The Nordic system price started to fall in January when precipitation volumes were very high, and, over the spring, the amount of fallen snow was the largest since measurements began in 1958. Furthermore, temperatures were milder than normal, resulting in lower electricity consumption. When the impact of the coronavirus is also factored in, the set of circumstances has been far from normal.

The average temperature measured by the Finnish Meteorological Institute at its observation station in Kaisaniemi, Helsinki, was +3.0°C in January and +2.4°C in March. From 1981 to 2010, the average temperatures were approximately -4°C in January and -1.3°C in March.

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Over the last ten years, temperatures in Europe have followed a rising trend in comparison with the period from 1981 to 2010. In the Nordic countries, mild winters mean wet and windy weather and low electricity consumption. As wind power capacity increases, windy periods will have an increasingly important impact, and price fluctuations will become more apparent. In the first quarter of this year, wind power output in the Nordic countries was about 6 terawatt-hours higher than in the year before.

The hourly spot prices also reveal the extraordinary nature of the previous winter. The system price hit a high of just over EUR 32 per MWh in February, while the Finnish price peaked at almost EUR 200 per MWh on 25 June. Power plant maintenance in Sweden and maintenance of the cross-border links in Norway and Sweden had a bearing on the high price in Finland in June.

Regional price differences have become large, partly due to the melting of the record snowfall in Norway. Indeed, the volume of flowing water has been higher this summer than at any other time this millennium. Furthermore, problems in the Norwegian and Swedish power networks have given rise to constraints in the transmission capacity. The problems are partly temporary and partly permanent.

The transmission restrictions in Sweden were mainly due to decreased nuclear power generation in the SE3 and SE4 areas. The low nuclear power output has increased the deficit in Southern Sweden, forcing the Swedish transmission system operator to limit the transmission capacity between the north and the south in order to maintain stability in the grid in Southern Sweden no matter what the load on the network. In all likelihood, it will be necessary to build new transmission connections between Northern and Southern Sweden or larger generation and consumption flexibility in Southern Sweden in order to resolve this issue.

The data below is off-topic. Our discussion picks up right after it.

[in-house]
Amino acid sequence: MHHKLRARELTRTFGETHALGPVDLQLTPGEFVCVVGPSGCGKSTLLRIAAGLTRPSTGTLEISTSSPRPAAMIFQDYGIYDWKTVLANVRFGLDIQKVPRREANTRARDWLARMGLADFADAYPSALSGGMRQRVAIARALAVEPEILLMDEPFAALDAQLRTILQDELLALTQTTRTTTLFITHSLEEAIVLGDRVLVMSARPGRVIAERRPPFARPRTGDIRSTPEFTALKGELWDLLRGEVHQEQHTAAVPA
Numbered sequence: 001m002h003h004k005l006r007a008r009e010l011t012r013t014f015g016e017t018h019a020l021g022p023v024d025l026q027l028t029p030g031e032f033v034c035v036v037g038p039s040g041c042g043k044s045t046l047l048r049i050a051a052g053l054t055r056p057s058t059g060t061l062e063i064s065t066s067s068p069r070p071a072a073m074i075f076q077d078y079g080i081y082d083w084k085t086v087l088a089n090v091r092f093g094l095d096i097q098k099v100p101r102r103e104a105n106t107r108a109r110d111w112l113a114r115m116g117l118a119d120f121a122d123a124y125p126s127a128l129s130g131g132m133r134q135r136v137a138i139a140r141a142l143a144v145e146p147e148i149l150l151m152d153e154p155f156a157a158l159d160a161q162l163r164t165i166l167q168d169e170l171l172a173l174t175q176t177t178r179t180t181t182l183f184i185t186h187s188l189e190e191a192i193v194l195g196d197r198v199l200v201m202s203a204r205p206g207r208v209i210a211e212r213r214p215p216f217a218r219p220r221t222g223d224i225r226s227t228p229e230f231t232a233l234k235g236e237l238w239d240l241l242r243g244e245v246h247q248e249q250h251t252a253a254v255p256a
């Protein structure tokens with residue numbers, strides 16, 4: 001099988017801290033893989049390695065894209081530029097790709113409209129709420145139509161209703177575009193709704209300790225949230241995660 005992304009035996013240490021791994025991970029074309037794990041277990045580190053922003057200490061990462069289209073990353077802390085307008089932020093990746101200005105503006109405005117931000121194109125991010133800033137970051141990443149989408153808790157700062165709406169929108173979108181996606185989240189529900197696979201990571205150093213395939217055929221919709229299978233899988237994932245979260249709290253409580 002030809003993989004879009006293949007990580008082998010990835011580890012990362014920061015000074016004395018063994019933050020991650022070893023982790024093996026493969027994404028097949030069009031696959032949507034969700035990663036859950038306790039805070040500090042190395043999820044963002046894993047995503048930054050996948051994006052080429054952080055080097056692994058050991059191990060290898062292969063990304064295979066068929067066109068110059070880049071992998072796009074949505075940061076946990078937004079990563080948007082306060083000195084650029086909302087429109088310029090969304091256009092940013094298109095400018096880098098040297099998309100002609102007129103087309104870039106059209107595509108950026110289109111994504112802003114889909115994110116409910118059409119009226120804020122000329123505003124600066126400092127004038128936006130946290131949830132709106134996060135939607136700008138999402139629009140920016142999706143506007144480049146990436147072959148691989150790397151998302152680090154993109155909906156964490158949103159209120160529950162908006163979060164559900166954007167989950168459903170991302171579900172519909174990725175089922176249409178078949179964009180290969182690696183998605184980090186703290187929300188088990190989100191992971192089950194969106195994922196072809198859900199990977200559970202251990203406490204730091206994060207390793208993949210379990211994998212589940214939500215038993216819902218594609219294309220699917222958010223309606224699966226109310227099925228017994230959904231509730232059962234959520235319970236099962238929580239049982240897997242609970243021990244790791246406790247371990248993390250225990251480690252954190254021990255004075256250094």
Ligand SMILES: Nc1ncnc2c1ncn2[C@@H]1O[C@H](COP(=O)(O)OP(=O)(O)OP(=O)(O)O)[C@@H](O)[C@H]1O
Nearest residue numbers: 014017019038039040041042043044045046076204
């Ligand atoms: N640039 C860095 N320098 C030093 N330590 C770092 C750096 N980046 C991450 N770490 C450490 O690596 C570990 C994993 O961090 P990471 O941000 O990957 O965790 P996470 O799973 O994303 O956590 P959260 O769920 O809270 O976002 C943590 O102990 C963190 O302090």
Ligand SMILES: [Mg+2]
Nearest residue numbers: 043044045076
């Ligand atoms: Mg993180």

Ville Venäläinen, Head of Analysis

The go-live of Olkiluoto 3 and new transmission connections between Finland and Sweden will eventually strengthen the connection between the Finnish and Swedish power systems and contribute to stabilising prices. However, it is important that the Norwegian and Swedish grids are improved in order to reinforce the common Nordic market.

Regional differences in spot prices also have a significant impact on secondary market prices, especially on the balancing power market, which exposes market participants to risks associated with the price of imbalance power. This year, fluctuations in the price of imbalance power in the Finnish pricing area have been particularly pronounced, and uniformity between pricing areas is an important factor for secondary markets. Consumers and producers are exposed to risks associated with the price of imbalance power, both under normal circumstances and in the event of various disturbances, where the risks are an order of magnitude higher.

Antti Martikainen, Analyst

The imbalance power price risk for Finnish operations is significantly higher than in Sweden. This is largely because we are often a different pricing area from Sweden. In such situations, the most expensive balancing capacity in Finland determines the price of imbalance power. The total energy volumes used for balance power in the Nordic countries and Finland have remained fairly stable over the last few years.

However, there is a large price difference in terms of energy-weighted balance prices. In 2018–2019, the average price in Finland was around EUR 115 per megawatt-hour (and approximately EUR 50 per megawatt-hour in the SE3 price area), and in the first half of 2020, the price was approximately EUR 150 per megawatt-hour (and approximately EUR 35 per megawatt-hour in the SE3 price area).

Operators in the Finnish price area are exposed to an imbalance power price risk that is approximately twice as large as in the SE3 price area. During the first half of the year, imbalance power in Finland has deviated from the spot price by approximately EUR 10 per megawatt-hour (or approximately EUR 4 per megawatt-hour in SE3) for buyers of imbalance power and approximately EUR 7 per megawatt-hour (or approximately EUR 4 per megawatt-hour in SE3) for sellers. The situation was very similar in 2018– 2019. This year, the price differences between Finland and Sweden have been further accentuated by the low spot prices in Sweden.

Read more about Fingrid’s open data on electricity market: www.fingrid.fi/en/electricity-market/electricity-market-information/

 

 

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